Think I saw some a few years ago that were ‘sealed’ in a plastic like bag - more expensive but less likely to lose fibres. Not convinced they’d lay as well though.
I used the recycled plastic one from B+Q. Not the cheapest though, so worth looking around if its a large area
Interesting one, thanks - possibly on the expensive side due to the overall area but I have considered only topping up over some of the colder areas especially as some parts of the loft are not as easily accessible as others.
I wonder what the R value of all the empty boxes and stuff I have stored up there is!
There are loose pellets that can be used for hard to reach areas. They can be poured then shifted around with a broom or similar. We used some in a very shallow and awkward space and with a bit of fiddling got decent coverage.
Discussion of merits and demerits of Micafil at website here. Not perhaps ideal for the whole space but they have a role
Interesting stuff - when we had the log burners installed the dividing bricks between the chimney flues had collapsed and we had to have some interlocking tubular channels (forget the names) placed in order to accomodate the flue liners. They used some kind of vermiculite/cement mixture to fix them in place from memory.
Yes, the potential for damp is a consideration. The front lounge has airbricks and a suspended floor, the adjacent hallway is a solid tiled floor. A channel connects the lounge diagonally with a suspended floor at the rear, whereas the area behind the lounge is solid floored.
Are these regions designed to ventilate/allow air in when there would have been numerous coal fires, or are they more to allow below floor moisture a route of escape.
When some of these area were carpetted the edges discoloured I assume due to dusty air coming from below but we rarely felt any draught.
Yes to log burners - 5kW and 8kW rated.
Rockwool in a plastic covering reduces breathability. I would just get the cheapest, thickest rockwool you can find. The worst of the hazardous stuff will be in the old insulation, not the new, so I would suggest a Tyvek suit, gloves and P3 face mask.
I would avoid loose fill insulation in a draughty loft, the wind can blow it all over the place!
Good tips, thanks. I’d still love to get rid of the old stuff which is likely 30+ years old, very dusty, and probably soiled by birds that manged to get in and possibly mice.
I did remove the old stuff from our loft before replacing it about 15 years ago. It was a very unpleasant job, and the nastiest stuff is the fine debris left behind after the rockwool rolls are removed. A vacuum cleaner took care of that.
Get yourself lots of large bin liners. I had just installed a couple of Velux windows in our loft, so chucking the old stuff out of the window saved squeezing it through the loft hatch and carrying it out through the house.
Reminds me of our builders a few years ago who essentially chucked anything that didn;t need to stay out of a bedroom window - was less than impressed when they did so with glass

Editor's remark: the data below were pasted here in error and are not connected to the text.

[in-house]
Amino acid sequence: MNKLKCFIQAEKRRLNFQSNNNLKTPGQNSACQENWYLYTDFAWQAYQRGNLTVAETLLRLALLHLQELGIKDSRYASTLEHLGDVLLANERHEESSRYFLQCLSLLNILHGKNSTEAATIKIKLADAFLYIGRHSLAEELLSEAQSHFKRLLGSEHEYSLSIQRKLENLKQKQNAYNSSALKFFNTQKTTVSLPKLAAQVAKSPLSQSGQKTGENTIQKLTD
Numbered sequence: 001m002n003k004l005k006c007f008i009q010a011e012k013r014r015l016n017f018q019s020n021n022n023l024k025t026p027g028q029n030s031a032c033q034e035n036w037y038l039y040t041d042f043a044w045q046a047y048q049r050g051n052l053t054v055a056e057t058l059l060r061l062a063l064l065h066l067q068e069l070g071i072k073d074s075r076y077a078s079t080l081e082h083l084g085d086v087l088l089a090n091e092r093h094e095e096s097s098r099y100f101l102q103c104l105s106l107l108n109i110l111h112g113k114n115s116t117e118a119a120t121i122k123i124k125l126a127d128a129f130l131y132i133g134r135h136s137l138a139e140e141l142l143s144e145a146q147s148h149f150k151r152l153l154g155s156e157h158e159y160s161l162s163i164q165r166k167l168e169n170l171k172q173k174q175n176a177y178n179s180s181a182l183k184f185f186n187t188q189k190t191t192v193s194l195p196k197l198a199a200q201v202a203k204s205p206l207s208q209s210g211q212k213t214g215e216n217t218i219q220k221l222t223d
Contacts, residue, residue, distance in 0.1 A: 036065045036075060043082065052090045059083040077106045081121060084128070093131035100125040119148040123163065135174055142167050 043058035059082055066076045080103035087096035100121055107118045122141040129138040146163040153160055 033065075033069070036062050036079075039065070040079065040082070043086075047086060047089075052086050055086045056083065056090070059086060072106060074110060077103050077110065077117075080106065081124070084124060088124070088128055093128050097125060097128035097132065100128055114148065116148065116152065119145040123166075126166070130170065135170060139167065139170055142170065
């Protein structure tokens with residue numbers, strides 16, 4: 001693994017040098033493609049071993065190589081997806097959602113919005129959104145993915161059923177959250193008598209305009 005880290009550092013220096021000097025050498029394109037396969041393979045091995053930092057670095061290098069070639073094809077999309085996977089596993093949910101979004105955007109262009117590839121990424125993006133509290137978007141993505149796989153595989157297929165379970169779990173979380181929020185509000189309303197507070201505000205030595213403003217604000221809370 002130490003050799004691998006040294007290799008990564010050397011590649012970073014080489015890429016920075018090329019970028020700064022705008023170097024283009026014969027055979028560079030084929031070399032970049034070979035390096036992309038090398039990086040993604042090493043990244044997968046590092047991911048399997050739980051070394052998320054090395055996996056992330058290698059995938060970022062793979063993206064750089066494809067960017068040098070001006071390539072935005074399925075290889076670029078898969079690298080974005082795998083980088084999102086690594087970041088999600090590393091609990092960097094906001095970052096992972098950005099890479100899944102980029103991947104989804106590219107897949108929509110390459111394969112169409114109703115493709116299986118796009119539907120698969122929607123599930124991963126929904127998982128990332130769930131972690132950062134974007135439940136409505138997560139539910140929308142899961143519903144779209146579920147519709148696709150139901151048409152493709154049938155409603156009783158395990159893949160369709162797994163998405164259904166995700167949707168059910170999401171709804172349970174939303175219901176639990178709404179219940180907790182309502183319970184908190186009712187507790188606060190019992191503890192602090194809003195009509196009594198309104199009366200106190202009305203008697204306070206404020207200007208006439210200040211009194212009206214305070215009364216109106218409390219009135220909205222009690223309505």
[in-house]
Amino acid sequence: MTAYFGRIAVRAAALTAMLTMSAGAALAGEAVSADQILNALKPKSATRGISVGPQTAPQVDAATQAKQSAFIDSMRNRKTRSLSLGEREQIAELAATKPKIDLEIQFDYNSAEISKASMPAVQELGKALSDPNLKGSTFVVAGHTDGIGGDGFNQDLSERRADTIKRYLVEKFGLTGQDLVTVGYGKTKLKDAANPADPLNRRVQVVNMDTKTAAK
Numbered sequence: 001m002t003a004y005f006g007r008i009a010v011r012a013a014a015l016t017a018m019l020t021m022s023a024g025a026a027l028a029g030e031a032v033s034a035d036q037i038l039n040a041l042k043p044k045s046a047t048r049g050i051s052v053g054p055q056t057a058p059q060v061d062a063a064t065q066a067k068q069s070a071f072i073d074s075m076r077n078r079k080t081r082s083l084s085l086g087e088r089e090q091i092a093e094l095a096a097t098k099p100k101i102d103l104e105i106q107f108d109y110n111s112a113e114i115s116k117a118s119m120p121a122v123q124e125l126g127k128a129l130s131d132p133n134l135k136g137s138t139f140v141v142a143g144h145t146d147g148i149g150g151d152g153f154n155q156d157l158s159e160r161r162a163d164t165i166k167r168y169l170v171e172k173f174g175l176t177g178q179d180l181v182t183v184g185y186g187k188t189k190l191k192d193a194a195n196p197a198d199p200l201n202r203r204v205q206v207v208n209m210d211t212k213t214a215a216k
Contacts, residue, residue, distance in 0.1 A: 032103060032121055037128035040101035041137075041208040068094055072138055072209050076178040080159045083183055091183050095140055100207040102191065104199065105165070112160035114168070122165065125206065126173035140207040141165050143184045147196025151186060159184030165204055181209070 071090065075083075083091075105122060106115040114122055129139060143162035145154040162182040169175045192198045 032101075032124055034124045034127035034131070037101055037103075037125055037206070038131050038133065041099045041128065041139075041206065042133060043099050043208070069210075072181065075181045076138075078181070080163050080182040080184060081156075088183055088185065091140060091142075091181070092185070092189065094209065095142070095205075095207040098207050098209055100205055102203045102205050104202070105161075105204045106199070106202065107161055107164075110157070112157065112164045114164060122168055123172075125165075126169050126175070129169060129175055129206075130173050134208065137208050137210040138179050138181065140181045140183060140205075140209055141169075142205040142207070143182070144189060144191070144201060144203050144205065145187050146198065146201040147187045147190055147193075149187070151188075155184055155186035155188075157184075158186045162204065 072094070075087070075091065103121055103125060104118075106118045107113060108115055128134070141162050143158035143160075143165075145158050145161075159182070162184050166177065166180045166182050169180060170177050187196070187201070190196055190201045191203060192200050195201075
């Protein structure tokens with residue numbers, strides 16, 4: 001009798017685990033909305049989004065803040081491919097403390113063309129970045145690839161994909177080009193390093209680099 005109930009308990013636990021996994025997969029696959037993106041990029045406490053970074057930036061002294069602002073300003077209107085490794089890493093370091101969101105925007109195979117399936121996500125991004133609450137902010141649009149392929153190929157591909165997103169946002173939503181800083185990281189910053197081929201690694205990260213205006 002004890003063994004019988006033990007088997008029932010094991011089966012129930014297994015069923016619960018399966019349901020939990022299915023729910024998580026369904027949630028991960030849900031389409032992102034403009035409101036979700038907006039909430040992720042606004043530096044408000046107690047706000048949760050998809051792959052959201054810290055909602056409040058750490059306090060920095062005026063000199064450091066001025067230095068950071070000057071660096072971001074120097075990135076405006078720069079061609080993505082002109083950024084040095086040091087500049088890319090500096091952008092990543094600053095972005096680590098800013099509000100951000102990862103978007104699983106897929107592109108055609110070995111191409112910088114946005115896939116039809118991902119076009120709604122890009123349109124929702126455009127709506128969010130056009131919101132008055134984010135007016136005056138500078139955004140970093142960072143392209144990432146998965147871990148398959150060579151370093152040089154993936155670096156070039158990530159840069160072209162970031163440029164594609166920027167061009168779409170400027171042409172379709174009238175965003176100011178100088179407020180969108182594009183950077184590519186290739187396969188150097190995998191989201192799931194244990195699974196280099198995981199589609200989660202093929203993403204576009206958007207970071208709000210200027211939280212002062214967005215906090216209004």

if you do get rid of it, use a commercial or industrial vacuum if you can- I have a cheap yellow Karcher one for the garage - it’s basic but everything goes in. If you use a standard domestic one, it’ll likely clog too often…
It’s more environmentally friendly to leave it in place - up there it helps with insulation, anywhere else and it’ll just be landfill…
I kind of agree with you on the enviromental aspect but it is horrible stuff and I’m not sure I’d want newer stuff contaminated with the old especially if we ever come do a loft conversion (then it may be sealed away I suppose). I have an old vacuum cleaner which should work ok and has several replaceable filters but again I appreciate your point - I’ve had a ‘clean’ and ‘dirty’ vacuum for some time for different tasks.
I reluctantly removed the old stuff from ours as it was badly broken down, and no longer filled the space between the joists. I’ve got an old Henry that did the job of removing the fine debris, complete with dust, mouse droppings, dead insects etc. I would have preferred to avoid dumping it, but it was doing a poor job of insulating, so it had to go.
Re general house ventilation, install whole house heat-recovery ventilation: No damp, no stale smells, no worries with draught proofing (and no need for those awful “trickle ventilators” commonly fitted to uPVC windows to compensate for the original non-airtight ones.
An open fireplace is a significant heat loss feature unless suitably blocked - and when in use requires sufficient external ventilation to the room. (Best approach to that that I have seen was a vent installed behind a central heating radiator, so the incoming air was warmed somewhat before reaching occupants.) Infinitely better in my view if you want a real fire is a stove - and you can get them room sealed, with an under-grate air intake from outside the house, or in the one I installed in my last house the intake was from under the suspended floor.